Or go back to the 1910s, when Progressives passed the 16th Amendment to institute the income tax, handing the federal government the most powerful weapon the world has ever known for social engineering and political control.
There are plenty of historic reference points worth debating that have contributed directly and indirectly to produce “the mess we’re in.”
Both parties are staying pretty close to home, however, in the manner they wish to address the mess going forward.
What’s left wanting in each proposal is anything truly bold, substantive and transformative, and that’s why this election is largely about six of one, a half-dozen of the other.
Romney’s out of touch with average voters
During the Oct. 3 presidential debate, Mitt Romney made a comment that clearly illustrated he is not suitable to be the president for about 90 percent of the population.
He said, “If I don’t like them (a private insurer), I can drop them and find a different insurance company.”
Having heard similar statements before, I pondered what he might have meant.
But then I figured it out. Romney has a whole lot more money than I do. He can pick and choose a whole lot more than I can.
Some might retort that he has worked harder than I have, is smarter than I am and has earned more than I have, so he gets to have more choices. In some ways, I suppose that is OK, so far. Yet this was a major presidential debate about significant issues. Romney is making reference to himself as an example.
I don’t think someone worth hundreds of millions is the example that represents me or the people I know.
Romney seems to have difficulty being aware of the common person. Is this who we really want to be our democratically elected president?
Cutting remarks in Woodridge district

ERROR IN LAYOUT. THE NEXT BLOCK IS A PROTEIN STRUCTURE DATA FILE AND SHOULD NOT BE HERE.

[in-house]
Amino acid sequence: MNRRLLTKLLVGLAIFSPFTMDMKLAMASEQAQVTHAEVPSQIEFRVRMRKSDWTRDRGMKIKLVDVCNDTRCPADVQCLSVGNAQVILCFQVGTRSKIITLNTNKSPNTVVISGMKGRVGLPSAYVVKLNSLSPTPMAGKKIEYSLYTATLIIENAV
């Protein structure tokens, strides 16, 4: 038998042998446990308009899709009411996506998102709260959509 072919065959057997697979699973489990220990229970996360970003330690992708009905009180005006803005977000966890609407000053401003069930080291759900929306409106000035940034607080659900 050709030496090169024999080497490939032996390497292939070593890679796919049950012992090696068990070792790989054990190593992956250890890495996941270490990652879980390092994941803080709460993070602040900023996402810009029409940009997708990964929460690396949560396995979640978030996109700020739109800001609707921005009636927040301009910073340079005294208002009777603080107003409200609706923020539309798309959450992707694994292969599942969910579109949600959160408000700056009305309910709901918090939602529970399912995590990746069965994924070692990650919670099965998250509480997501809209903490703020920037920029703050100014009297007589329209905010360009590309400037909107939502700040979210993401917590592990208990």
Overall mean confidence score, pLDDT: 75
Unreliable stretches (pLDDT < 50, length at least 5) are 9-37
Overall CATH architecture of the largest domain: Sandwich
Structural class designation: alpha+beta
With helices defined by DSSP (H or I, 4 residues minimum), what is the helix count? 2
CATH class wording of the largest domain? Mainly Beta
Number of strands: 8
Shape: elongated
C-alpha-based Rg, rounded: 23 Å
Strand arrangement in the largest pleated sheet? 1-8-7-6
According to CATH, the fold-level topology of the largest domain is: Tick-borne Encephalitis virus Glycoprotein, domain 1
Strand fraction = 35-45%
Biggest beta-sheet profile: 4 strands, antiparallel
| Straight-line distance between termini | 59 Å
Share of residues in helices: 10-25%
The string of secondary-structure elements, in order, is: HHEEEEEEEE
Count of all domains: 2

When I look at the list of cuts should the Woodridge school levy fail, it sickens me. We moved to the district specifically for the schools. We voted for Woodridge levies before our kids were even in the schools.
To hear that people in the community won’t vote for the levy because their kids are now out of the district is incredibly sad.
I’ve given your kids a chance to get a great education, and I’m asking for the same favor in return.
These kids are our future, the community’s future. I am hopeful that after the levy passes in November, we can all find a way to come together and become the community we need to be.
Vote for Medina disabilities levy
On Nov. 6, the Medina County Board of Developmental Disabilities will be asking citizens to support a 1.9-mill replacement levy.
This is a replacement levy; it is not a new tax. It is the same millage that was originally passed 17 years ago.
The board had a 135 percent increase in the number of people it serves over the same time frame. It currently serves about 1,100 people.
Because of the increase in diagnoses such as autism, the need for the board’s valuable services has increased. To help keep costs down, the board has managed salaries to maintain the same levels as 2008, through pay freezes, position elimination and reorganization.
The developmental disabilities board has been able to maintain services despite a $1.12 million loss in state funding this year, but the time has come to ask for support. It is the only chance this year to secure funding without a negative impact on people with disabilities.
Should this levy fail, there will be devastating cuts. Every area of service will be affected — early intervention, job training and placement, transportation, residential support and education, among others.
The replacement levy will cost $2.50 per month on $100,000 home value. If you want more information, contact the board at 330-725-7751.
Chairman, Friends of the Medina County Board of Developmental Disabilities
In deciding whom to vote for, ask yourself these questions:
Which candidate shares my values? If you uphold the sanctity of life, if you uphold the biblical definition of marriage and if you fully support Israel as “the apple of God’s eye,” then it does not take a rocket scientist to determine your vote.
I will vote for the one who shares my values.
Marjean Van Hyning